Mohammad al-Tantawi: Fighting Islam is the main target of this campaign. It is an unjust campaign. This country leads the world in protecting human rights as it preserves them according to God’s Sharia. For example, punishment of somebody who commits a crime is one of the rules of Sharia, as God says:
“O ye who believe! The law of equality is prescribed to you in cases of murder. The free for the free, the slave for the slave, the woman for the woman. But if any remission is made by the brother of the slain, then grant any reasonable demand, and compensate him with handsome gratitude. This is a concession and a mercy from your Lord. After this, whoever exceeds the limits shall be in grave chastisement”(Verse 178 of Sura Al Baqara, English translation of the meanings of the Holy Quraan; King Fahd Holy Quraan Printing Complex).
So whoever says that the death sentence is against human rights would be unjust and unfair to the victim. If Saudi Arabia does not apply the Sharia Laws, the victim’s family would despise the state and would themselves take their revenge. It is well known that Saudi Arabia tops the list of the countries that apply human rights in Islam, in an objective and just way, without aggression or taking sides. Justice is the base for protecting the nation.
Ain-al-Yaqeen: Some people believe that Al Azhar does not maintain the same position in relation with decision making.
Mohammad al-Tantawi: This is not true, we say the truth, whatever the price is. Doubting has always existed; there are people who doubt God’s unity and the messages of the prophets. Life has trained us to handle such matters and at the end, the right prevails.
Ain-al-Yaqeen: The developments of the century need to be continuously and closely followed up by the Ulamahs. What should be done in this context?
Mohammad al-Tantawi: We are now going through an era of specialization, we are going through an era where sciences with all their aspects are prevailing. If we do not follow up and participate in the scientific advances we will miss the boat. We should follow up these advances and adopt from them what is compatible with Islam and serves the Muslim Umah.
Ain-al-Yaqeen: In this field, is there any cooperation between Al Azhar and the Organisation of the Eminent Ulamah in Saudi Arabia?
Mohammad al-Tantawi: Cooperation exists between us. This does not exclude the existence of some differences in minor issues, but there are no differences in the major issues relating to the basis of Islam on which we agree. We hope that in the future we would cooperate on the present developments.
Ain-al-Yaqeen: How was your relationship with the General Mufti of Saudi Arabia, the late Sheikh Abdul Aziz Ibn Baz [the mainstay of the most extreme and backward form of Wahhabism in the kingdom – LM]?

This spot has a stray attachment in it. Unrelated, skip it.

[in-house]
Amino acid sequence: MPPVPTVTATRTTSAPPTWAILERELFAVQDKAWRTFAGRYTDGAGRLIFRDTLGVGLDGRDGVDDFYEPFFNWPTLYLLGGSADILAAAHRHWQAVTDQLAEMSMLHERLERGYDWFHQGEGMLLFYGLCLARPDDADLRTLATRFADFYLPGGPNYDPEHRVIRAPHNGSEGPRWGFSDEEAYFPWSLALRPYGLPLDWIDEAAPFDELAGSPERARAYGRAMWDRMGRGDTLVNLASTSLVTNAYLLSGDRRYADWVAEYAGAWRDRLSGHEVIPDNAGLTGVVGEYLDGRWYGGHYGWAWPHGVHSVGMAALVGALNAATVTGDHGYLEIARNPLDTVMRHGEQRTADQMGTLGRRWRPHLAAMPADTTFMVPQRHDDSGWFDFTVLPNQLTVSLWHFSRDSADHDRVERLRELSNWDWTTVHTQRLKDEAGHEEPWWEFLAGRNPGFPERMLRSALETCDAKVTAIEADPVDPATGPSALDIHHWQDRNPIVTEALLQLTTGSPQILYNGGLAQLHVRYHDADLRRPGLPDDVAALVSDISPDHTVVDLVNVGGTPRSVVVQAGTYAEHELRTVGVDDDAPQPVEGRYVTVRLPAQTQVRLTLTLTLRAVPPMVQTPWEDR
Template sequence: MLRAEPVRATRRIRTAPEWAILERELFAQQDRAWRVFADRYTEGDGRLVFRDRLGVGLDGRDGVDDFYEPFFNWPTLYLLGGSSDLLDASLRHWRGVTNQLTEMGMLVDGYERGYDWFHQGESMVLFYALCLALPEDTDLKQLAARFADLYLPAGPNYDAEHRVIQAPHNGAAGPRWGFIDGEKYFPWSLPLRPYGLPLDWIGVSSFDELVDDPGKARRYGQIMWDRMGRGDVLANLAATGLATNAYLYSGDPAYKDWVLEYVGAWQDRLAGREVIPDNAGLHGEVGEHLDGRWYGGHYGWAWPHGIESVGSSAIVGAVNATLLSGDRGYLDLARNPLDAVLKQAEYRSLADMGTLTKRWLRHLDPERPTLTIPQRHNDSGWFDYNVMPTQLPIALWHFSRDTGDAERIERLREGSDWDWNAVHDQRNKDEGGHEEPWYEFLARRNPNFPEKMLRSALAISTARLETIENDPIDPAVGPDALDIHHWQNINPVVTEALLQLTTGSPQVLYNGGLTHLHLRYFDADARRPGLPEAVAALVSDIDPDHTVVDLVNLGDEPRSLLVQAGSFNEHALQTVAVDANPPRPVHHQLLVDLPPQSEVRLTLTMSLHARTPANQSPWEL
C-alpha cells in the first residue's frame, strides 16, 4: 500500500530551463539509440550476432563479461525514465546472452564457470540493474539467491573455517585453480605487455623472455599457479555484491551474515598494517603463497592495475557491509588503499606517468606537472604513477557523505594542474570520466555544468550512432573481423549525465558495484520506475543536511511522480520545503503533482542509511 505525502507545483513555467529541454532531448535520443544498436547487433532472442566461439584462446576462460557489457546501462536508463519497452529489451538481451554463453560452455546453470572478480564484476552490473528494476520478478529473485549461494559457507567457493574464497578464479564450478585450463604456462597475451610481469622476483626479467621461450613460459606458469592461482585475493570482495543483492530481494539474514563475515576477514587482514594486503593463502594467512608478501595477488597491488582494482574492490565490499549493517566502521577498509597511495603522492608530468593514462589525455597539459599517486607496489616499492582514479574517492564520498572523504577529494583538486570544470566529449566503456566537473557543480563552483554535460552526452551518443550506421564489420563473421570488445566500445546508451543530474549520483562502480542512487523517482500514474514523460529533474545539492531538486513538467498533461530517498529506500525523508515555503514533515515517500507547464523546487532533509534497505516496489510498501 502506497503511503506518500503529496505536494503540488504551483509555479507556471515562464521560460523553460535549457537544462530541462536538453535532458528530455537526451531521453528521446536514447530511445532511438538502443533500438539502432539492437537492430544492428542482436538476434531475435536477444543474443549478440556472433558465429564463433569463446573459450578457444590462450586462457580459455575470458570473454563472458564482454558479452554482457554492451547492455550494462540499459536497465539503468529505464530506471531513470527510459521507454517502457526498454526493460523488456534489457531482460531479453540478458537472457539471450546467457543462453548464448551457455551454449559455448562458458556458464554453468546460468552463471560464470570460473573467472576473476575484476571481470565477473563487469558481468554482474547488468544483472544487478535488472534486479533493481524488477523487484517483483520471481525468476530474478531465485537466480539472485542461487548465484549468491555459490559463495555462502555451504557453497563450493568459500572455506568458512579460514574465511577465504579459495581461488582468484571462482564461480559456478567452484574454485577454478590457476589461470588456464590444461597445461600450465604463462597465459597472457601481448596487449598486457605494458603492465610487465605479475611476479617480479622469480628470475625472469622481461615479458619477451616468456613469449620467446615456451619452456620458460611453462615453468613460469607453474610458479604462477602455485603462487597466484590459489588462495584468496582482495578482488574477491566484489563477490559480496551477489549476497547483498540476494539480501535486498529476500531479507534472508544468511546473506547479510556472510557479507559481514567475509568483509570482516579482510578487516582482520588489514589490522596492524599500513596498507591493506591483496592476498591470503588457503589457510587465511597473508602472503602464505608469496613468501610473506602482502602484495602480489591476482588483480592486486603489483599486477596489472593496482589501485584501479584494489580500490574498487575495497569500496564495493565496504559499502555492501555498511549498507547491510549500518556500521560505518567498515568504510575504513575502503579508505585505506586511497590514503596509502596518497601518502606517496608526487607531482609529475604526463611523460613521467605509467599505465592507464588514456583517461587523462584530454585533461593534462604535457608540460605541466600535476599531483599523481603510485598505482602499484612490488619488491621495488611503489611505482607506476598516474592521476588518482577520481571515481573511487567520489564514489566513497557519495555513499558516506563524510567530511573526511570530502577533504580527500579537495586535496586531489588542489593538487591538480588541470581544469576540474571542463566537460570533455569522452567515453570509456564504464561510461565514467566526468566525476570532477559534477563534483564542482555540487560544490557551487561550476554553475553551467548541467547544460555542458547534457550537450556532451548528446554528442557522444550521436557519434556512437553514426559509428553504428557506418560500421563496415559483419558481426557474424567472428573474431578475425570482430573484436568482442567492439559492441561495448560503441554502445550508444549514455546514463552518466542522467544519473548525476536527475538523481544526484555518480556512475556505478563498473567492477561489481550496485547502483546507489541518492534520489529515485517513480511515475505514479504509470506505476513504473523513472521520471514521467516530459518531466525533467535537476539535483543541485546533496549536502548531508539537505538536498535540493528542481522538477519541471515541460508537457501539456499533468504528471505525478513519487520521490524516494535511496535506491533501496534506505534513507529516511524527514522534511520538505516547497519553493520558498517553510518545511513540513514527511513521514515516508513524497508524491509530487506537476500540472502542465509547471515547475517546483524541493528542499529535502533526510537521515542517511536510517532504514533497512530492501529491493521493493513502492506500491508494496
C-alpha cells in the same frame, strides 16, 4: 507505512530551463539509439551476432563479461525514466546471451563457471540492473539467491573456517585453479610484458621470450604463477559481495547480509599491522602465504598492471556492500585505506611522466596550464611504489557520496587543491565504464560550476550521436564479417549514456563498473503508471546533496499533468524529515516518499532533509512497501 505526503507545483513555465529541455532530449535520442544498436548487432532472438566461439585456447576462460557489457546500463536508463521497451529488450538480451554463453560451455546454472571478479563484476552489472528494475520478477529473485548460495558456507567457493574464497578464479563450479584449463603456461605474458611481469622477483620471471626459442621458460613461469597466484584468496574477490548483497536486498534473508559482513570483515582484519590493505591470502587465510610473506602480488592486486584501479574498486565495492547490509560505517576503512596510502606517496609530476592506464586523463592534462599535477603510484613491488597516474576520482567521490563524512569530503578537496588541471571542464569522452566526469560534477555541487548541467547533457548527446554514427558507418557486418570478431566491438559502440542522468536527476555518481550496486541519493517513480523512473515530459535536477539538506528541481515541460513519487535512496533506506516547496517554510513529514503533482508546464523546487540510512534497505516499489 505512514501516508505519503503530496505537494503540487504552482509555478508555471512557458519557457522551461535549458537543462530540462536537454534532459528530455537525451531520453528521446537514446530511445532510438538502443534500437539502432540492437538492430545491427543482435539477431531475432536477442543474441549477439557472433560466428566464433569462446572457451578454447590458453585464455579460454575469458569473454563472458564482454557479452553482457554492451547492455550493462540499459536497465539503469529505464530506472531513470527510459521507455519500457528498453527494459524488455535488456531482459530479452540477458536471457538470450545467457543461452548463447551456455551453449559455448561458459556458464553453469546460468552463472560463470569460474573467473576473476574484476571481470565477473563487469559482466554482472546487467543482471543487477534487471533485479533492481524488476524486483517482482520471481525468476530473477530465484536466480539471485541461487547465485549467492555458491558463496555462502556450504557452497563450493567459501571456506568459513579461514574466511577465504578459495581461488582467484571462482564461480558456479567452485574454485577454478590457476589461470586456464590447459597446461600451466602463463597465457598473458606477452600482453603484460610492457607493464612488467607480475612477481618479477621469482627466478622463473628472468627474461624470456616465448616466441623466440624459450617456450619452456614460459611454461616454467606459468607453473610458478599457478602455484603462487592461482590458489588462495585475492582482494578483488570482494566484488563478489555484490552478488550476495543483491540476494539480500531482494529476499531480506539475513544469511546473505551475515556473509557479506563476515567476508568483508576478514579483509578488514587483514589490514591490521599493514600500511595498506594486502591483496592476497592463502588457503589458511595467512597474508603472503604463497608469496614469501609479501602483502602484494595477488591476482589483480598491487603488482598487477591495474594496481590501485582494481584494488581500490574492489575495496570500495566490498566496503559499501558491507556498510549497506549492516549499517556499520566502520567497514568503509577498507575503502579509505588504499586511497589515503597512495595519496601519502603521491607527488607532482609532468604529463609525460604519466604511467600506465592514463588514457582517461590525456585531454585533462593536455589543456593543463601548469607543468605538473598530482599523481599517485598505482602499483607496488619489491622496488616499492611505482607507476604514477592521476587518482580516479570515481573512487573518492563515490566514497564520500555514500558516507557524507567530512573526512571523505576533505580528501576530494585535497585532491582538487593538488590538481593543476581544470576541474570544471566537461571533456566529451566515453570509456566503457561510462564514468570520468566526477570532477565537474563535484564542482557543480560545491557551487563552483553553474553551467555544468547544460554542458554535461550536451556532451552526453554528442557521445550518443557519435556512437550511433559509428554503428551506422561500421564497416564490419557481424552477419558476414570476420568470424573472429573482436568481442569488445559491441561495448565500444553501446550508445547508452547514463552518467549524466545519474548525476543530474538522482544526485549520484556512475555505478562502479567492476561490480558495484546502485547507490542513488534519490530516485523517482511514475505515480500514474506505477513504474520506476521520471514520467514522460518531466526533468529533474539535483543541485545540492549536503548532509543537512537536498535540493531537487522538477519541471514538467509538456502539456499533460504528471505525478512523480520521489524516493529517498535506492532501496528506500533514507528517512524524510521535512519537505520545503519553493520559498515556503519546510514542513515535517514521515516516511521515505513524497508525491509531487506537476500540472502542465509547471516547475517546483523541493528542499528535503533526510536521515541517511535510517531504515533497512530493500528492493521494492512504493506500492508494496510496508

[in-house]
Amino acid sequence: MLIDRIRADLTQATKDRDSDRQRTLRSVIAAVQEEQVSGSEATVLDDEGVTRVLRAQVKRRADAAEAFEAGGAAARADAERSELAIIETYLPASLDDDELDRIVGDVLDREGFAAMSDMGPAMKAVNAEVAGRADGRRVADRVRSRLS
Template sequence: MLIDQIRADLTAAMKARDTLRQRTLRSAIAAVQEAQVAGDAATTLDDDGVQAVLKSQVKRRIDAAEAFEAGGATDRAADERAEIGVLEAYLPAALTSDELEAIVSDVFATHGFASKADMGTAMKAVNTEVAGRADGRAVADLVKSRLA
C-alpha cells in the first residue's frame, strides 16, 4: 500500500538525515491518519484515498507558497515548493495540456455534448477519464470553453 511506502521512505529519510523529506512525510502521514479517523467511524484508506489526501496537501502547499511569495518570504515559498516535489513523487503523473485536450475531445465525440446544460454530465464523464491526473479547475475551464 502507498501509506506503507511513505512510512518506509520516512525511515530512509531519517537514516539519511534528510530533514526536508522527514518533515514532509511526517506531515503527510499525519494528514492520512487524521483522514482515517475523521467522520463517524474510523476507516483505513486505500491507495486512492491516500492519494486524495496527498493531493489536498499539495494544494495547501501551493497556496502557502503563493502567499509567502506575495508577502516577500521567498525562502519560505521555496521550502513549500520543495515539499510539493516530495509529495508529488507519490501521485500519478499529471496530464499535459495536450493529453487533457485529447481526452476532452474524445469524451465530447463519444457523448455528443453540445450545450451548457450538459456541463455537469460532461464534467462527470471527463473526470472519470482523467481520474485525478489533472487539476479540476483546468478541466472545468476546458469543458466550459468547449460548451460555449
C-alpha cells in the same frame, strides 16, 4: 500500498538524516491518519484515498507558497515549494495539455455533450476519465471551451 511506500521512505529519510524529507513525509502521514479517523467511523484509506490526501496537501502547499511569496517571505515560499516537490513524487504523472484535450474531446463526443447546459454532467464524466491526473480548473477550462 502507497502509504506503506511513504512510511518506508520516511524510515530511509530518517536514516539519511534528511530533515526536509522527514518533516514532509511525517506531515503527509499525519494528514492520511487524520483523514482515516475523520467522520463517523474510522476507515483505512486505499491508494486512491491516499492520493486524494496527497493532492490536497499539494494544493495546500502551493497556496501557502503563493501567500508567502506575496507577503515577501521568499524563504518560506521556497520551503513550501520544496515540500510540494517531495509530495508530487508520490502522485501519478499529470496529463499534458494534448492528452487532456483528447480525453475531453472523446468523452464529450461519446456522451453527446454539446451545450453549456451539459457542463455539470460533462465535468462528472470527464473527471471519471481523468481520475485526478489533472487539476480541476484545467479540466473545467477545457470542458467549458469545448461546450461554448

Mohammad al-Tantawi: His Eminence Sheikh Abdul Aziz Ibn Baz God bless his soul was the subject of our respect. We pray God to place us with him in the higher places of Paradise. I used to meet with him in all my visits to Saudi Arabia. We used to discuss matters, and he used to express his admiration for some matters and criticize others. I always accepted his opinions and explained to him some issues and events that happened in Egypt and the causes behind the decision. God Bless his soul and place him in Heaven.
Besides the obsequious seal of approval extended to Saudi institutions, mores and dignitaries, what is most striking and significant in the Sheikh’s pronouncements is how he opines (in the context of discussing the foundation of Saudi Arabian policies on Sharia): “we say the truth whatever the price is. Doubting has always existed; there are people who doubt God’s unity and the messages of the prophets.” The notion of “God’s unity” (tawheed) is so central to the Wahhabi creed that believers in it, who vehemently refuse to call themselves–or to be called–“Wahhabi,” want to be known as “the people of the tawheed.” Al-Tantawi is publicly paying obeisance and fealty to the Al-Saud-Wahhabi nexus–as any Arab reader recognizes instantly.
The importance of Al-Azhar’s submission to the Saudis is not a mere theological issue: In 1990, when the Saudi royals met reluctance on the part of a large number of their own Wahhabi clerics to accept the call for “infidel” troops to come into the Kingdom and protect it from a fellow Arab, fellow Muslim, predator, they turned to Al-Azhar and asked the Cairene clerics to issue a fatwa mandating precisely that. The fatwa was duly issued. The same goes with entire categories of fatwas, such as those dealing with suicide bombing: Al-Azhar approves, especially when the bombing is directed against Israel and abets “resistance” to the U.S. presence in Iraq, by all available means. For the Saudi royals, their patient investment in Al-Azhar is paying handsome dividends.